Clause 24 — Universal credit: costs of claimants who rent accommodation

Part of Scotland Bill – in the House of Commons at 3:00 pm on 30th June 2015.

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Photo of Mark Durkan Mark Durkan Social Democratic and Labour Party, Foyle 3:00 pm, 30th June 2015

I want to follow on from some of the issues touched on by John Redwood, particularly his last point about a financial settlement. When debating the earlier group of amendments, he intervened on the Secretary of State to ask whether he would address how the Barnett formula might be adjusted.

In essence, I think that the right hon. Gentleman is corroborating some of the basic questions asked by Dr Whiteford about clauses 24 and 25, which presume an awful lot and raise a lot of questions about what else should be in them and what is happening outside them. The clauses presume a standard of behaviour and courses of action and events in relation to how decisions will be made. For instance, the word “concurrently” is used, but if we look at the sequence of decisions and processes involved, we will see that they do not look very concurrent. There could be distended periods and a lot of dispute and difference. The most important gap in clauses 24 and 25 —both Labour and the SNP have tabled amendments to address this—is that they do not say what will happen if Scottish Ministers and the Secretary of State do not concur on some of the issues.

If we as legislators are going to pass clauses that presume certain standards, the course of events and political behaviour, the question we need to ask is, “And what if not?” The Bill does not answer that question. If there is no agreement between Scottish Ministers and the Secretary of the State on the decisions, timelines, details and other implications, what will happen? We will be in difficulty and we will be told, “Well, the legislation faithfully followed Smith and we couldn’t do any more than that,” but it is clear that Smith is not of itself sufficient to address those questions, so we as legislators must address them. The Smith commission exercise was different from that for which we have responsibility as legislators. It is not good enough for us to say, “We’re not going to answer those obvious questions, because Smith didn’t address them.”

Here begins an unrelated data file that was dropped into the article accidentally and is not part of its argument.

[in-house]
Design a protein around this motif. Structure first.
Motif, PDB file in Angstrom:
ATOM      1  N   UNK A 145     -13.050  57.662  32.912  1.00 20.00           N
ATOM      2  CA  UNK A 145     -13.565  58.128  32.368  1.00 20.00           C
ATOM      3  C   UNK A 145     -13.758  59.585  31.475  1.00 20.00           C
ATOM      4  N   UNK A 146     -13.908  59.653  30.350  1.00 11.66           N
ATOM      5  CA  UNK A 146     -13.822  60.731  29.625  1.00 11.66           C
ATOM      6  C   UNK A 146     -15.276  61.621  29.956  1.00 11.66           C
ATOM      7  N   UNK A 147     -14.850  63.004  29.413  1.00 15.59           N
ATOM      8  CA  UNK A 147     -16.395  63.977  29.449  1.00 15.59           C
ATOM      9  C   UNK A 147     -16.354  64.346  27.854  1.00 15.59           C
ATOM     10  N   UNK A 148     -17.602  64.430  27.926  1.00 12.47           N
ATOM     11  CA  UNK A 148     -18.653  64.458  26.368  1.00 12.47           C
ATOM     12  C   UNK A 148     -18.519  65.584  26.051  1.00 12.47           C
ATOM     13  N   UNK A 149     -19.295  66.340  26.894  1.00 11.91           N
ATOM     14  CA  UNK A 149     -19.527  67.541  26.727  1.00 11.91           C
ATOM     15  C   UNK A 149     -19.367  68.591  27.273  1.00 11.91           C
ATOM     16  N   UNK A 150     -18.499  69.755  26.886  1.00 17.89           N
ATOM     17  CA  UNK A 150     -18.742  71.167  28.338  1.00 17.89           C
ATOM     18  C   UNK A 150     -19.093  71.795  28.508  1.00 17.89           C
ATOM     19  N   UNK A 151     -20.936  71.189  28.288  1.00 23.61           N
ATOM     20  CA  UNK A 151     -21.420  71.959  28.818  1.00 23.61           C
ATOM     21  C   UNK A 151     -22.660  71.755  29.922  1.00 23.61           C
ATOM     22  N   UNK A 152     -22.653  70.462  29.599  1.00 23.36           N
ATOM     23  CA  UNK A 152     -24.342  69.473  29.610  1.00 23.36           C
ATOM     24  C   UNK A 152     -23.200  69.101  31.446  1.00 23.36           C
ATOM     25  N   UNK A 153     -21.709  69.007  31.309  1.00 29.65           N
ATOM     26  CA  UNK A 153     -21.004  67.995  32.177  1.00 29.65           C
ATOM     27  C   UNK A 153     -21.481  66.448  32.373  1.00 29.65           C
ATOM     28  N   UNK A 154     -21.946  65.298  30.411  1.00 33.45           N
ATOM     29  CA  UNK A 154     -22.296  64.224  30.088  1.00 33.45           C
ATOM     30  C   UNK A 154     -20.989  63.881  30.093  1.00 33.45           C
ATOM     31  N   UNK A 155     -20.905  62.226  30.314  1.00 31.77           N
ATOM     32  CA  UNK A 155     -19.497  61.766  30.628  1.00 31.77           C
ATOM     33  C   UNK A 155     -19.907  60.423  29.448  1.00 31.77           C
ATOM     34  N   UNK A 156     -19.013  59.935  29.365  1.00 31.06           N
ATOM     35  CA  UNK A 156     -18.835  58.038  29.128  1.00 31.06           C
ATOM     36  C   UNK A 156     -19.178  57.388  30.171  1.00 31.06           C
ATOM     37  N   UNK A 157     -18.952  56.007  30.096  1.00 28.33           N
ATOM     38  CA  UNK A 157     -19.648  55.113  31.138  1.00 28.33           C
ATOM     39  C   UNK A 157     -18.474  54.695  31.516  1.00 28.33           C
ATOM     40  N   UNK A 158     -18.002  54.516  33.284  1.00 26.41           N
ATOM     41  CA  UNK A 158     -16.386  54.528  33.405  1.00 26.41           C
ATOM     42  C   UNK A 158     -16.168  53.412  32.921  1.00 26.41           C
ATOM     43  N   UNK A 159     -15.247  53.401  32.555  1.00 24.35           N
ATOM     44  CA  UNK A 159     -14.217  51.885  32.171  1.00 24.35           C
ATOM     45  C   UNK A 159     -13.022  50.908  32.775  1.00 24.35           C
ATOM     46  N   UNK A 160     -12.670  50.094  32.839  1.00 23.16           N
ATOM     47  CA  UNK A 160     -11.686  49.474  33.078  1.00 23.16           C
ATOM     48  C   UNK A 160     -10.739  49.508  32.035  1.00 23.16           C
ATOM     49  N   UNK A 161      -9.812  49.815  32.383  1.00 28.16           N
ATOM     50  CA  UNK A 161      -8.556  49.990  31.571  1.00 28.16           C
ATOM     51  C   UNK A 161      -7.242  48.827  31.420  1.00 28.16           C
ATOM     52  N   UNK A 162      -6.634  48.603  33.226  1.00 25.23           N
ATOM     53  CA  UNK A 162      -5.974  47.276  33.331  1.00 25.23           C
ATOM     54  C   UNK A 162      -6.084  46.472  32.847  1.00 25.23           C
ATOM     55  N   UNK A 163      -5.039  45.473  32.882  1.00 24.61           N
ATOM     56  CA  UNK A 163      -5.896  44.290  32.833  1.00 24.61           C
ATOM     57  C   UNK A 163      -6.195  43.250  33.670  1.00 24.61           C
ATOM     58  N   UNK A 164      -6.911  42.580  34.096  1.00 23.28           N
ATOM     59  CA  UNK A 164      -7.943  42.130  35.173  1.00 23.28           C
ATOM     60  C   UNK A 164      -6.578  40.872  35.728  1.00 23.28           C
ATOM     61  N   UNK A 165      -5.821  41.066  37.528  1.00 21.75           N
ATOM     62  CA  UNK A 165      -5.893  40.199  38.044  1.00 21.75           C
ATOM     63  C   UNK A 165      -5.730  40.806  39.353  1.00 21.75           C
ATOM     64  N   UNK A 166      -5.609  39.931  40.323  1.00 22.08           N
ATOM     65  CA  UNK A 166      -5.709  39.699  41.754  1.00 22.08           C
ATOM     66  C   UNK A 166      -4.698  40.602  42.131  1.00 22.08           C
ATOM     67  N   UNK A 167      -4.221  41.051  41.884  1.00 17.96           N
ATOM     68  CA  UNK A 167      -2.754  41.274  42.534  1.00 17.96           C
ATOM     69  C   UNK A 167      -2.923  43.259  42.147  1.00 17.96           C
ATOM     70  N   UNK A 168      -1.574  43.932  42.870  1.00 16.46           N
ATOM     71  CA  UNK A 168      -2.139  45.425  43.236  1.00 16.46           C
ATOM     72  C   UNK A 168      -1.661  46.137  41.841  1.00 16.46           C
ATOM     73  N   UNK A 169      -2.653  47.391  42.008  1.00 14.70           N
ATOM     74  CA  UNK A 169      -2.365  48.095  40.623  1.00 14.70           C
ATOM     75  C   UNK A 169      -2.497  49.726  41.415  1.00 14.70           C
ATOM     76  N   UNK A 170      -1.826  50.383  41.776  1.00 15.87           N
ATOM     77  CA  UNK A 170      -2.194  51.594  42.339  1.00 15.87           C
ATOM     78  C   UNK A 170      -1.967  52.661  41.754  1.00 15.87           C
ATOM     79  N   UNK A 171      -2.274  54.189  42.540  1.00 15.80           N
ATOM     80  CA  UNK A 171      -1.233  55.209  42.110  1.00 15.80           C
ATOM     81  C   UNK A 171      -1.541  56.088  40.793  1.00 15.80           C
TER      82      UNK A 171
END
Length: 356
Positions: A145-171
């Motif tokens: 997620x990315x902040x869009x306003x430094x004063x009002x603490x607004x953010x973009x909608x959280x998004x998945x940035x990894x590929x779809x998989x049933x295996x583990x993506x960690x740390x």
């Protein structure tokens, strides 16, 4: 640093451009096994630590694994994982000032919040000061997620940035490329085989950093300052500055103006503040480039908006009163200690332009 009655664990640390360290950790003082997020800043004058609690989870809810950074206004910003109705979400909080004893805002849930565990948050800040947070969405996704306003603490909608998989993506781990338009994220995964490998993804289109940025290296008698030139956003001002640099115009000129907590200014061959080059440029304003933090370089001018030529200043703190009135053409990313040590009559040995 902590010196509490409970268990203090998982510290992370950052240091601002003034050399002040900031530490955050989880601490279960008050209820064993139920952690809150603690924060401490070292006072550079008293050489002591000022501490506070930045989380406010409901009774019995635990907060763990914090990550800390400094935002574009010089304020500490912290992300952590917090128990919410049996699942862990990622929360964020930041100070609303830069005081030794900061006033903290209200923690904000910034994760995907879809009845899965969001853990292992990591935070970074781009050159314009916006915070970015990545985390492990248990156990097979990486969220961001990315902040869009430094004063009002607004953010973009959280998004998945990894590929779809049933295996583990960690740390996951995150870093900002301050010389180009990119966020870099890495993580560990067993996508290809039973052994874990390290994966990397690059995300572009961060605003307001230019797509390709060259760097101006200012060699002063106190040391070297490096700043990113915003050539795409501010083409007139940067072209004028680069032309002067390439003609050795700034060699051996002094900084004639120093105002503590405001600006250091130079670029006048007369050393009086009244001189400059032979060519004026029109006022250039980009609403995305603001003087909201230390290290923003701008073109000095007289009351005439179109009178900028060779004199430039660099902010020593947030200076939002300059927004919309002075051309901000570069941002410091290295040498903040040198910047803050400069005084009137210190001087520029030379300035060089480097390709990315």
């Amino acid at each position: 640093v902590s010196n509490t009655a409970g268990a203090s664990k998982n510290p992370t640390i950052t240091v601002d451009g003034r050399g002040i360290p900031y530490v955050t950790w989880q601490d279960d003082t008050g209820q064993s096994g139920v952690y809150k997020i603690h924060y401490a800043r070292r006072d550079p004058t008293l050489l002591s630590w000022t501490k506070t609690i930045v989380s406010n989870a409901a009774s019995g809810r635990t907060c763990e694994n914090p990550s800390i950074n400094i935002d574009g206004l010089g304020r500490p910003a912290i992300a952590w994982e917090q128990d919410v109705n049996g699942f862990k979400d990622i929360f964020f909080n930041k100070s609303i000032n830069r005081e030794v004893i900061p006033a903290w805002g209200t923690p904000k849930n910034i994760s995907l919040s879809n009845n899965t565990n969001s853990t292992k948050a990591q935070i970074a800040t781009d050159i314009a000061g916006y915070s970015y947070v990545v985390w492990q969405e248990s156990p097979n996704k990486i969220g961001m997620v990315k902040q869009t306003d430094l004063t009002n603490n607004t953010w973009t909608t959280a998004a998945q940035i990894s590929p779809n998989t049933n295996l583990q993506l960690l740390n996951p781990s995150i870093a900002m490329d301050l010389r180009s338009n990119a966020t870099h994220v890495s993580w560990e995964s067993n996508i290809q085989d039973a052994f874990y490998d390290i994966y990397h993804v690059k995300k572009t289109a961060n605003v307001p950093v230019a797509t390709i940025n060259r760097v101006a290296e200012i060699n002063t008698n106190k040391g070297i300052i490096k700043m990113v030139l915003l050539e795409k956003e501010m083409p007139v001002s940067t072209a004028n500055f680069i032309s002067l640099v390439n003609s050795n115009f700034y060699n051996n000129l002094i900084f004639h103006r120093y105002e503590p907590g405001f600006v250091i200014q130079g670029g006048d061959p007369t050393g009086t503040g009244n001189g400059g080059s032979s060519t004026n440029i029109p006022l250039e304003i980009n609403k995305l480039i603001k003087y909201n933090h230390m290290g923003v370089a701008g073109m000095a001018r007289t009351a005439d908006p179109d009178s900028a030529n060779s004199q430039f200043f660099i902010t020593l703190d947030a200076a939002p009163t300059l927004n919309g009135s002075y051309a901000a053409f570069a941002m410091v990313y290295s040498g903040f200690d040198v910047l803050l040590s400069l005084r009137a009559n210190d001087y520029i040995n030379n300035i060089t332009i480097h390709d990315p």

I speak from the experience of having been through the Northern Ireland process, during which we negotiated agreement after agreement and had lots of developments. Often, the Government—by which I mean both parties—would say, “We’re faithfully implementing the agreement,” but it was clear, and many of us said, that it was not adequate for its purpose and that more needed to be done. We were, of course, proved right, so I feel a lot of empathy for Scottish colleagues who are saying that it is not enough to say that the Bill faithfully implements Smith when it does not answer practical, basic fundamental questions.

It is not enough to say, “We’ll see what happens,” or, “We’ll see who goes to the courts first,” because that does not give a proper answer in constitutional terms. Neither would it be edifying to the public, in terms of giving politics any sort of good reputation, if politicians end up blaming each other for their own powerlessness or for the fact that they are delivering confusion.

Again, I speak from experience in Northern Ireland, where, as is the case with this Bill, particularly clauses 24 and 25, there is an image of dual control. There is a degree of devolution, but there is also a degree of control from Westminster and Whitehall. The idea is that it will all be done swimmingly and smoothly, but the fact is that when that does not happen, decisions are not taken and politicians of different parties say that they want to take certain decisions but cannot do so. That blame game does no credit to any of the political institutions or parties. I do not want to see the same sort of presumption being used in this Bill, because it could end up creating a crisis.

Not only are words such as “concurrently” used when the processes are not very concurrent; there is also the idea that the Secretary of State can give agreement and that such agreement will not be “unreasonably withheld.” Who decides what is unreasonable? Whose judgment does that rely on? What is the real motive behind that? There are different views in Northern Ireland as to who is being reasonable and who is being unreasonable.

To return to the point raised by the right hon. Member for Wokingham about the financial settlement and the idea that there would have to be a test of whether it was fair to England, in Northern Ireland, what was supposed to be a devolved legislative decision on welfare has essentially been subject to a budget bullying exercise, not by the Secretary of State for Northern Ireland, but by the Treasury. This Bill is silent on the issue of the Treasury, so I think that an amendment will be needed on Report to address the Treasury’s role.